The chassis is to the car what the skeleton is to the human body — a load-bearing frame that holds everything together.
Your car’s chassis design has a huge impact on the way it drives, the way it turns, and pretty much everything it does when in motion.
You must’ve heard of words like monocoque, unibody, and space frame thrown around in the world of automotive design.
Each of these refers to structural systems that automotive chassis are based on. They all do the same thing, but they do it a lot differently.
In this article, we’ll explore the space frame structure, discuss what it is, how it works, and how it compares to other chassis types.
Understanding Space Frame Structures
The space frame structure is not exclusive to automobiles. It’s widely applied in architecture and structural engineering.
It’s one of those things that you probably see and reap the benefits of on a daily basis but never notice. Once you know what they are, you’ll see them everywhere.
Interestingly, the same person who invented the telephone contributed to the development of space frames as we know them today.
Back in 1907, Alexander Graham Bell was obsessed with the idea of making kites that could lift a person off the ground.
His experiments with tetrahedral trusses inadvertently led to their initiation in the world of architecture, thanks to further development by Max Mengeringhausen for his MERO space grid system.
Around that time, the automotive industry also got its first taste of space frames when William B. Stout unveiled his Stout Scarab, not to mention Buckminster Fuller’s Dymaxion Car.
How They Work
Space frames (also called 3D truss) are structures made up of interlocking struts and braces, organized in a geometric pattern that resembles a series of tetrahedrons — pyramid-like shapes with 4 triangles.
The most common use for space frames in architecture is to span large areas with very little interior support. In the automotive world, space frames are used to design ultra-rigid, lightweight chassis for high-performance vehicles.
A large proportion of the space frame’s strength can be attributed to the triangle’s inherent rigidity. There’s a reason why the shape is called “an engineer’s best friend”.
In contrast to plain frame structures which are subjected to complex forces such as bending, shear, and torsion; space frames facilitate rigidity only through tension and compression.
Put simply, they do an excellent job at distributing forces throughout the structure, making them strong and lightweight.
Why Space Frames Chassis Make Sense
If we were to choose a favorite among monocoques, semi-monocoques, space frames, and ladder chassis, we’d be stumped.
They’re all made for different purposes and work wonderfully within their specific applications.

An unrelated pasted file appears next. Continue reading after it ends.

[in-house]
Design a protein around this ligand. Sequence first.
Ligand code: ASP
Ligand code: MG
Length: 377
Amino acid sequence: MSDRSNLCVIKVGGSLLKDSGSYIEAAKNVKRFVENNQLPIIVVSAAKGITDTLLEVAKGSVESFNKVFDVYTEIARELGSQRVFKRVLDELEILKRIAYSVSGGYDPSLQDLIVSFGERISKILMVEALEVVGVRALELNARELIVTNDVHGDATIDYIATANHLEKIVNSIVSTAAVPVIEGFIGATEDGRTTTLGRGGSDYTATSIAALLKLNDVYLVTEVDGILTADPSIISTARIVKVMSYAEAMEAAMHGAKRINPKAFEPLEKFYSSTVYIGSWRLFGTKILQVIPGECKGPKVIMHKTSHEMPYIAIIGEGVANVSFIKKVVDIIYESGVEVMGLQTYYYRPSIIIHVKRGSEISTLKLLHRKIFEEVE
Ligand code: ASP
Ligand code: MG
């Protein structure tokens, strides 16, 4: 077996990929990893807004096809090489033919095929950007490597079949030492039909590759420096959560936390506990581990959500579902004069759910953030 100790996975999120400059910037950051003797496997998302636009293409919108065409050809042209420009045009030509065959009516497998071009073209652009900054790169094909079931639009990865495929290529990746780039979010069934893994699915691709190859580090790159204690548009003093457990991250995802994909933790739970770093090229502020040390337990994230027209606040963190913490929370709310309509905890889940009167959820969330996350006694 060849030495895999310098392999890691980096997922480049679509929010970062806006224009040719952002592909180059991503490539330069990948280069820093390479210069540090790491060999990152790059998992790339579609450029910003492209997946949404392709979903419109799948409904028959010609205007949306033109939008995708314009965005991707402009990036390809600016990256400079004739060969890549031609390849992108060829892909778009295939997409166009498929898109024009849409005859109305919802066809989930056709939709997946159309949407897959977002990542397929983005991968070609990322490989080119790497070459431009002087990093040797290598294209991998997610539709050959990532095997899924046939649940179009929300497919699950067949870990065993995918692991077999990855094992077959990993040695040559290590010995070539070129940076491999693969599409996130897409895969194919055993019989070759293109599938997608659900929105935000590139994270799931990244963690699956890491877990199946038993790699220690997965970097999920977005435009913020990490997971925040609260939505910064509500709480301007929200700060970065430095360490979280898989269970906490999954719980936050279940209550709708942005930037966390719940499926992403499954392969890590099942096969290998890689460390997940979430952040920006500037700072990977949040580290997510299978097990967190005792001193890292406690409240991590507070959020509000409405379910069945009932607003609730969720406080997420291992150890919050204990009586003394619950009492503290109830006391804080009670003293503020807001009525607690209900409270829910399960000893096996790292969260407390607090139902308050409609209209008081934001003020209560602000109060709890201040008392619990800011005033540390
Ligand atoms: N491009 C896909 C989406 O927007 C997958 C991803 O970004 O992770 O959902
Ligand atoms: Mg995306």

For instance, monocoques are ideal for mass production, ladder chassis work beautifully for SUVs and pick-up trucks, but space frame chassis top the charts when it comes to rigidity/weight ratio.
The main challenge for any automotive structure is torsional rigidity, which refers to the twisting force that the car is subjected to when banking into corners or driving over uneven terrain.
Optimal torsional rigidity improves the ride quality by allowing the suspension to work more efficiently, but the lack thereof negatively affects lateral weight transfer.
Check out our guide to suspension geometry and roll center to know more about why weight transfer is a big deal.
No matter how strong a chassis is and what materials are used to build it, what ultimately dictates its structural rigidity is the geometry.
This becomes clearer when you consider how there’s a day and night difference between strength and rigidity.
As we mentioned earlier, the rigidity of space frames can be attributed to their tetrahedral structure which carries all the load in tension or compression, not in bending.
If the load is carried in bending, then it’s not a true space frame.
Space frame cars are unparalleled when it comes to torsional rigidity. The body panels have no structural function, the frames are unbelievably lightweight, and they make for an excellent kit-car solution.
Despite all the advantages, few production cars use this frame design, owing to the challenges involved in manufacturing space frames on a large scale.
Cars like the 1959 Maserati Tipo 61 Birdcage, and the Porsche Type 360 Cisitalia were among the first space frame race cars ever made. Almost all Ferraris before the 360M use this frame design.
The Lamborghini Diablo and Countach; Jaguar XJ220, and the TVR Tuscan are a few more examples.
What’s your favorite space frame car? Let us know by leaving a comment below!
Feature Image: Engineered to Slide, Space Frame Hilux